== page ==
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Ok, ok, I admit it. Over the Christmas period I watched the festive editions of Bake Off, and was once again sucked into thinking "oh, that looks fun".

In this case, a "wreath" of choux bunsseemed like a great idea to take as a contribution to a new year party.

I had, after all, been given some large-sized piping nozzles for Christmas (veterans may remember the last Bake Off outbreaksuffered from lack of piping nozzles). And choux pastry is pretty easy. And I've made custard plenty of times before, which is practically creme patissiere. So that sounds easy, basically just assembly, right?

So... I can make choux. The thing I cannot do is look at a piping bag full of choux and estimate how big each bun should be so that I end up with 36 of them. I started piping, and way before I ran out of mixture I had way more than 36 buns.

ChrisC came in at this point, as I was adding an extra blob to each bun, and claimed there were only about 33. Rubbish, I said. He counted again. 33.

No, look: I counted up to 36, pointing, and convinced him. Then I piped a few more to finish up the mixture, and then there were 36. I have no real idea what went on here.

Into the oven, obligatory panic about them not rising. Oops, top shelf is rising but bottom is not, swap them over. Oven is inexplicably slow, and the whole process took much longer than it should.

I'm not entirely convinced about the consistency of the creme patissiere I made either; it seemed to thicken much more quickly than expected. Because the BBC's recipes are designed for damnfool units I was cooking in metric, and it's not that easy to weigh out 60g of flour when your scale is marked in increments of 25g. Anyway, I figured it would be what it would be and left it to cool.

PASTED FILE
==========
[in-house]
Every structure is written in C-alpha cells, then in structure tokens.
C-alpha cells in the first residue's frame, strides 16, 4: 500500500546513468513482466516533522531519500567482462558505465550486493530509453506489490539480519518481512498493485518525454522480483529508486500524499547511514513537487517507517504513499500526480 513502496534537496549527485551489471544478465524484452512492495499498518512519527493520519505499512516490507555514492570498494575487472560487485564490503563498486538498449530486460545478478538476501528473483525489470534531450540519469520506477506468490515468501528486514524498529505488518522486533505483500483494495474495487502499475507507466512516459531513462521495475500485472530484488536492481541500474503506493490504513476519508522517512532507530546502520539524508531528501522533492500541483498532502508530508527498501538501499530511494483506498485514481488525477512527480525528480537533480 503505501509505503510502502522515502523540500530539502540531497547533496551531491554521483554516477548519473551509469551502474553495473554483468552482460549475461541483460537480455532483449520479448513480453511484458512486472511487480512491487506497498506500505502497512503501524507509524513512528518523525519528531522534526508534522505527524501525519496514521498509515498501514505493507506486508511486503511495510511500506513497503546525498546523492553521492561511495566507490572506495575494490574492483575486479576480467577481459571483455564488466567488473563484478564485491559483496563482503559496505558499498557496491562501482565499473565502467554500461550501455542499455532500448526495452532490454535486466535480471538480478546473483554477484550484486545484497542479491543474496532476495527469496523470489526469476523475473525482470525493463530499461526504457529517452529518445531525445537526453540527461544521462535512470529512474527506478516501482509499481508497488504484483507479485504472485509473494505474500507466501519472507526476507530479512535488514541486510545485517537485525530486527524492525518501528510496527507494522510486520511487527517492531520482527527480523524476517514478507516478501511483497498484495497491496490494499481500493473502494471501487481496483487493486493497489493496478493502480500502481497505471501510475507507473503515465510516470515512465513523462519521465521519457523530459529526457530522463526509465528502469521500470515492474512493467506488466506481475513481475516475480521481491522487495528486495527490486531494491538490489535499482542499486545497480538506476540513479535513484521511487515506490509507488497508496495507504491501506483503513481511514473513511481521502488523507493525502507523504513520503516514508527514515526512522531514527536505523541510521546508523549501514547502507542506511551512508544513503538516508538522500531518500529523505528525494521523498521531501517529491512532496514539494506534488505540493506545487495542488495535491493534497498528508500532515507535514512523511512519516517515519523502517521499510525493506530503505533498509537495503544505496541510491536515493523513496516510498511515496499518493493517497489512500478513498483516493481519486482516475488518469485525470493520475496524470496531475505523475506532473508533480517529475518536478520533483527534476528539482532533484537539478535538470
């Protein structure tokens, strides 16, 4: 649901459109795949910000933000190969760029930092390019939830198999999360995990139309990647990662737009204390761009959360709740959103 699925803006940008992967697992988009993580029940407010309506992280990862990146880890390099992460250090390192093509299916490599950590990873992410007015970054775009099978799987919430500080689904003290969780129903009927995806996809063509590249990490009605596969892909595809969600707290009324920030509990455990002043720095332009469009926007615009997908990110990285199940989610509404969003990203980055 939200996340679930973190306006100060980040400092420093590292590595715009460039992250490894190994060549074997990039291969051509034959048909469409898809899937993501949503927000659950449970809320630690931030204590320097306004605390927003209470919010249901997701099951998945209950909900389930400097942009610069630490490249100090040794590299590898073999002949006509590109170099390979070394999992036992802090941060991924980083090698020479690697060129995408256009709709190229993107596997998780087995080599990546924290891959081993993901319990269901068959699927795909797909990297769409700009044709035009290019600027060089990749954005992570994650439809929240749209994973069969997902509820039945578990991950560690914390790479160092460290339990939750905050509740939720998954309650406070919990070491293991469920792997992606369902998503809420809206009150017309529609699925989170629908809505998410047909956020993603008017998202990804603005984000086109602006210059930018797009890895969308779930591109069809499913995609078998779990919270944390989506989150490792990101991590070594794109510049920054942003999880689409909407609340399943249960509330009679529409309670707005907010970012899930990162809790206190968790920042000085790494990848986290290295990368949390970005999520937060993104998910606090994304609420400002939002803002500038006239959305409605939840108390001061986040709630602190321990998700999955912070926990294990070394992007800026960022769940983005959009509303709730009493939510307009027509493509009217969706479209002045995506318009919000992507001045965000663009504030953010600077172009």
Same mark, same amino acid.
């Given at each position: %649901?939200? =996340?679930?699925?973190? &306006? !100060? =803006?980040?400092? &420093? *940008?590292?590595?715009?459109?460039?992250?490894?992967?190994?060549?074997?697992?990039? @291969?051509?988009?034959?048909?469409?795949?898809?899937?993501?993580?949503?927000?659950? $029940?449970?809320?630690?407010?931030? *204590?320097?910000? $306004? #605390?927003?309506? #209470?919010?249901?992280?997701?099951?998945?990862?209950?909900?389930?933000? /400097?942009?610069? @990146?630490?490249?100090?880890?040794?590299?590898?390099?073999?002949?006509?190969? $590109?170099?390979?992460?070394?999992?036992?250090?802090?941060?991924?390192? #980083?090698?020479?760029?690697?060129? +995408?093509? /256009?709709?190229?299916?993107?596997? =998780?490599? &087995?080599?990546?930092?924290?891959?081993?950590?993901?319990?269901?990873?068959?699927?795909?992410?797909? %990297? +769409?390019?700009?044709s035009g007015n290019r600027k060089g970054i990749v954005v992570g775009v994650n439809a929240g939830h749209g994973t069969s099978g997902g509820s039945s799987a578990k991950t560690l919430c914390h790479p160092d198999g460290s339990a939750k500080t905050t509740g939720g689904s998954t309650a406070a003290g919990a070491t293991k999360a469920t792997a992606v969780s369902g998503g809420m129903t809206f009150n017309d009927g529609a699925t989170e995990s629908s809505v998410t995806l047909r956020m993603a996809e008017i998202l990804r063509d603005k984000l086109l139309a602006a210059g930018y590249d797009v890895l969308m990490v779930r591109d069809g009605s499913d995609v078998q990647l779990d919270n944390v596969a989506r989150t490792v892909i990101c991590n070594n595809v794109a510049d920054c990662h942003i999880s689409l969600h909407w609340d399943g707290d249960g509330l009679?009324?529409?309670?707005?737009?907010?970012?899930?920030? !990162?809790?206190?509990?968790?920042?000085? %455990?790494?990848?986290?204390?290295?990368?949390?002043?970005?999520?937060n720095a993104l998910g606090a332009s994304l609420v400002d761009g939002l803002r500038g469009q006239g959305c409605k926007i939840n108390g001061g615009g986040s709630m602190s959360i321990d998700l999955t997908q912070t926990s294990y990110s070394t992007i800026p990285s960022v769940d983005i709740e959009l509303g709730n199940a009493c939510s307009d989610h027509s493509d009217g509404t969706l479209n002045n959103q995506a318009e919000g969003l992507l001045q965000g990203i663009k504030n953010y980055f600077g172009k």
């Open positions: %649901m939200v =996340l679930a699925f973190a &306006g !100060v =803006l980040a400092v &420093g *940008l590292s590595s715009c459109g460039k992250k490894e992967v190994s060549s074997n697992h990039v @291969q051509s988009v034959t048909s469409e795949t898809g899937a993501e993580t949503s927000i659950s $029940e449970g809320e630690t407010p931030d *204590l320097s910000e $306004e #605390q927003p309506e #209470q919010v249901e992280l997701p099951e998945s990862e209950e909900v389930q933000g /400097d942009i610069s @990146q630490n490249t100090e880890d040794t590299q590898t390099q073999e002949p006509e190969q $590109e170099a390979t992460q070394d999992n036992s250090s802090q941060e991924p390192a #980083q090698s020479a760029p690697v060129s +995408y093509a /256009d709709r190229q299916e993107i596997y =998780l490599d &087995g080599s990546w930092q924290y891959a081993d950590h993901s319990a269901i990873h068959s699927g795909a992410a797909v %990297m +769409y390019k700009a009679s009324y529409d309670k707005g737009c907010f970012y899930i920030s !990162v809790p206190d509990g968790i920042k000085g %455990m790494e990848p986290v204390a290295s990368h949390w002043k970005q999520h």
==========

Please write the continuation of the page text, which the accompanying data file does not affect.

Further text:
Since Mary Berry does like to tart her food up, white chocolate snowflakes were required. (Technically red-dyed caramelized hazelnuts were required as well, but since 75% of the people I knew would be eating the finished product don't like hazelnuts and I don't own any colouring paste I decided we could do without).

Melted chocolate is a bugger to pipe. It's very runny, and pours uncontrollably out of even a teeny nozzle. Right up until it begins to set, and starts blobbing out in fits and starts. Also I lack basic artistic talent.

And I also lack a "long piping nozzle or jam syringe". But boy can I improvise with a Lakeland disposable piping bag and some parcel tape, so the festive custard got in the buns, more or less. Incidentally, if you add extra choux pastry to an existing piped bun then the bun will remember and rise in two balls like a little snowman. Those went at the bottom of the wreath out of sight :)

The final challenge was making caramel, which I've never done before. The BBC recipe provided an instructive video for choux, but just left you to get on with caramel. How hard can it be? I boiled sugar and water, and stirred vigorously so it didn't catch.

...which it turns out is a terrible plan. The one thing you don't do with caramel is stir it. Ever. For fear of crystallization. I was just beginning to wonder if it was ever going to turn golden when there was a crackling noise and suddenly I was stirring very, very hot artificial snow. (Incidentally, it would be fascinating to see slo-mo footage of this happening. I wonder if YouTube can provide.)

Maybe it could be redeemed by adding boiling water? No. Also no, of course not, because chemistry: boiling water is much colder than boiling sugar. Once you reach this point, there is nothing much to do but accept that you are going to be washing up with a chisel.

(You can also Google, find out about the stirring thing, and have another go...)

So I assembled the wreath, committing the second rookie caramel error of assembling on my serving plate, and thus managing to stick the buns not only to each other but to the plate as well. And, of course, error three where you get caramel on your fingers and crap is that stuff hot.

In conclusion, as before, I am not the stuff of which Bake Off contestants are made. But it didn't look bad, in the end, and people seemed to enjoy eating it.

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